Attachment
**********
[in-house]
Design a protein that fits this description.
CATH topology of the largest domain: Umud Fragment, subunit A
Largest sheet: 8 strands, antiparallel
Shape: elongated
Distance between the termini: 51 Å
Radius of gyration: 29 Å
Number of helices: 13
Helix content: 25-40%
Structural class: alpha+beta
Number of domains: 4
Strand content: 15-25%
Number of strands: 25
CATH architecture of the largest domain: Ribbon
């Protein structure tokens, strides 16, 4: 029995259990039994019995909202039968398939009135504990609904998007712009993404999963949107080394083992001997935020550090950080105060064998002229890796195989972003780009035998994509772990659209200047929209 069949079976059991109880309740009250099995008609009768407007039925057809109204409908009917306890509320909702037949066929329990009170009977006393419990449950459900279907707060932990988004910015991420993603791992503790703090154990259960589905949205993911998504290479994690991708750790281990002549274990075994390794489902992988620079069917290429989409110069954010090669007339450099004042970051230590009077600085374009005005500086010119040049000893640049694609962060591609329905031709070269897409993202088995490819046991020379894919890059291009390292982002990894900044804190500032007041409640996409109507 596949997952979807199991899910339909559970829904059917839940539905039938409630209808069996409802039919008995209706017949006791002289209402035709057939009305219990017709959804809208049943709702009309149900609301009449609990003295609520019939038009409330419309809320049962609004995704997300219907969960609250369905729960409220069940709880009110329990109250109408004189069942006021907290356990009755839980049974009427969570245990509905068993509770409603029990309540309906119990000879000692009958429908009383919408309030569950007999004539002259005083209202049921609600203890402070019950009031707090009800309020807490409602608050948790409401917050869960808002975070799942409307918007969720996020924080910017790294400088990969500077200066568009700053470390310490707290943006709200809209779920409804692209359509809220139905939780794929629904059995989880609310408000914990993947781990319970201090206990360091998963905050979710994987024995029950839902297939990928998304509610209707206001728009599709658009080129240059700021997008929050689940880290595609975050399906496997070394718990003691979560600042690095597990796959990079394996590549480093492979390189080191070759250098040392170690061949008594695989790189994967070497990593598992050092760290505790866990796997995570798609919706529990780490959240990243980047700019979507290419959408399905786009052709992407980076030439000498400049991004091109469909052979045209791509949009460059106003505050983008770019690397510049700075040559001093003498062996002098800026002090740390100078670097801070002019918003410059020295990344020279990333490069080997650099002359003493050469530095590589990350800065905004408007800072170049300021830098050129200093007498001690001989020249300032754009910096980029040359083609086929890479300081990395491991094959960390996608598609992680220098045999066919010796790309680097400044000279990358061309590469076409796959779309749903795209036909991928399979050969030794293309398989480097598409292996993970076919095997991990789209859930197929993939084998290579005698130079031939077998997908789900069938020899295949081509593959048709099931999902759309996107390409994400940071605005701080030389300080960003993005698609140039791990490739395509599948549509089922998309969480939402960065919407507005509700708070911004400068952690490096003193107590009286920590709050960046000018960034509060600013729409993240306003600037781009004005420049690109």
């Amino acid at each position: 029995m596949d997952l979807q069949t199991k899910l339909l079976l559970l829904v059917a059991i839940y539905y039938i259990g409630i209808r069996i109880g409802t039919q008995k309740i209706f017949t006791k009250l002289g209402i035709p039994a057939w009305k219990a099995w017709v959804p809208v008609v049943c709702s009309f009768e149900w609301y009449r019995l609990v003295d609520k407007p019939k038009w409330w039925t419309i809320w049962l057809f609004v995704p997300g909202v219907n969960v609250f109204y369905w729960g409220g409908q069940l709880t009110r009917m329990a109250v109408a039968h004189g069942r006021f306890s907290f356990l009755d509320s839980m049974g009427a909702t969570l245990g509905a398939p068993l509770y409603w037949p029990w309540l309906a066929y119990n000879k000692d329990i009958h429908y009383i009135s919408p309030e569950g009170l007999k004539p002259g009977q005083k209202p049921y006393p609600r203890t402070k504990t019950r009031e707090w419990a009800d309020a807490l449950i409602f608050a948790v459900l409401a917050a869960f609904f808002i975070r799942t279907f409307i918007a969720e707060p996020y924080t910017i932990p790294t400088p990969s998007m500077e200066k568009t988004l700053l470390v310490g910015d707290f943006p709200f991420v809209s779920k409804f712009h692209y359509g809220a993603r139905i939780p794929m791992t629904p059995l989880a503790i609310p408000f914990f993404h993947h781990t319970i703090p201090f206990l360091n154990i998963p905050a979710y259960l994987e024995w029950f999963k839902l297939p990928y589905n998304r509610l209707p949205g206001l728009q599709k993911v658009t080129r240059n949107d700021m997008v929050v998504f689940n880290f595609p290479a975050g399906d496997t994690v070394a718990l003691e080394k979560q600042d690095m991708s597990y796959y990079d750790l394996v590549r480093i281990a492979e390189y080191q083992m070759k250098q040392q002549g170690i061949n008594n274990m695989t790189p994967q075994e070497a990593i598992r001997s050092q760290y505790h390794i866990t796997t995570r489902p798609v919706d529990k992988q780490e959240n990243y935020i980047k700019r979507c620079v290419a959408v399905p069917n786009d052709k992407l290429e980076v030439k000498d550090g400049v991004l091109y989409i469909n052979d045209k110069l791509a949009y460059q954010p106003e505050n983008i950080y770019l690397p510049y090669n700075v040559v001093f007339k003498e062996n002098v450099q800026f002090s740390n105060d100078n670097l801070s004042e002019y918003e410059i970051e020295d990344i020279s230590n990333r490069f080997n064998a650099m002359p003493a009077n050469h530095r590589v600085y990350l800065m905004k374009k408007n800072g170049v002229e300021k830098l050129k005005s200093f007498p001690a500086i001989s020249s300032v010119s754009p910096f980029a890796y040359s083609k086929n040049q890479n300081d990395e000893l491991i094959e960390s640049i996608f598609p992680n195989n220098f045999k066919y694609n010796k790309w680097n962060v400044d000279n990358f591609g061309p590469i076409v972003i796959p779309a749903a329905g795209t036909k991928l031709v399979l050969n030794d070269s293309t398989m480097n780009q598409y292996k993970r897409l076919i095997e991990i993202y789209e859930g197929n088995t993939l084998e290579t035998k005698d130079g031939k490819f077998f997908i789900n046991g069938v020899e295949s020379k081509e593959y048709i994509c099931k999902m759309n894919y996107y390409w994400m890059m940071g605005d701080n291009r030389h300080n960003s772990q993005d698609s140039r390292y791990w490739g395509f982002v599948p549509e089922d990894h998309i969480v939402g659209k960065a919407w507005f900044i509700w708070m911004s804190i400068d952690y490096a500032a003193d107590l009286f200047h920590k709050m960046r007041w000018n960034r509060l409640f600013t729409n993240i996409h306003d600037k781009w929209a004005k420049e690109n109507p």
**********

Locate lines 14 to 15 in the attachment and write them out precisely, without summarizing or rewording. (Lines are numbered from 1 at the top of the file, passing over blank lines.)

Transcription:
CATH architecture of the largest domain: Ribbon
């Protein structure tokens, strides 16, 4: 029995259990039994019995909202039968398939009135504990609904998007712009993404999963949107080394083992001997935020550090950080105060064998002229890796195989972003780009035998994509772990659209200047929209 069949079976059991109880309740009250099995008609009768407007039925057809109204409908009917306890509320909702037949066929329990009170009977006393419990449950459900279907707060932990988004910015991420993603791992503790703090154990259960589905949205993911998504290479994690991708750790281990002549274990075994390794489902992988620079069917290429989409110069954010090669007339450099004042970051230590009077600085374009005005500086010119040049000893640049694609962060591609329905031709070269897409993202088995490819046991020379894919890059291009390292982002990894900044804190500032007041409640996409109507 596949997952979807199991899910339909559970829904059917839940539905039938409630209808069996409802039919008995209706017949006791002289209402035709057939009305219990017709959804809208049943709702009309149900609301009449609990003295609520019939038009409330419309809320049962609004995704997300219907969960609250369905729960409220069940709880009110329990109250109408004189069942006021907290356990009755839980049974009427969570245990509905068993509770409603029990309540309906119990000879000692009958429908009383919408309030569950007999004539002259005083209202049921609600203890402070019950009031707090009800309020807490409602608050948790409401917050869960808002975070799942409307918007969720996020924080910017790294400088990969500077200066568009700053470390310490707290943006709200809209779920409804692209359509809220139905939780794929629904059995989880609310408000914990993947781990319970201090206990360091998963905050979710994987024995029950839902297939990928998304509610209707206001728009599709658009080129240059700021997008929050689940880290595609975050399906496997070394718990003691979560600042690095597990796959990079394996590549480093492979390189080191070759250098040392170690061949008594695989790189994967070497990593598992050092760290505790866990796997995570798609919706529990780490959240990243980047700019979507290419959408399905786009052709992407980076030439000498400049991004091109469909052979045209791509949009460059106003505050983008770019690397510049700075040559001093003498062996002098800026002090740390100078670097801070002019918003410059020295990344020279990333490069080997650099002359003493050469530095590589990350800065905004408007800072170049300021830098050129200093007498001690001989020249300032754009910096980029040359083609086929890479300081990395491991094959960390996608598609992680220098045999066919010796790309680097400044000279990358061309590469076409796959779309749903795209036909991928399979050969030794293309398989480097598409292996993970076919095997991990789209859930197929993939084998290579005698130079031939077998997908789900069938020899295949081509593959048709099931999902759309996107390409994400940071605005701080030389300080960003993005698609140039791990490739395509599948549509089922998309969480939402960065919407507005509700708070911004400068952690490096003193107590009286920590709050960046000018960034509060600013729409993240306003600037781009004005420049690109």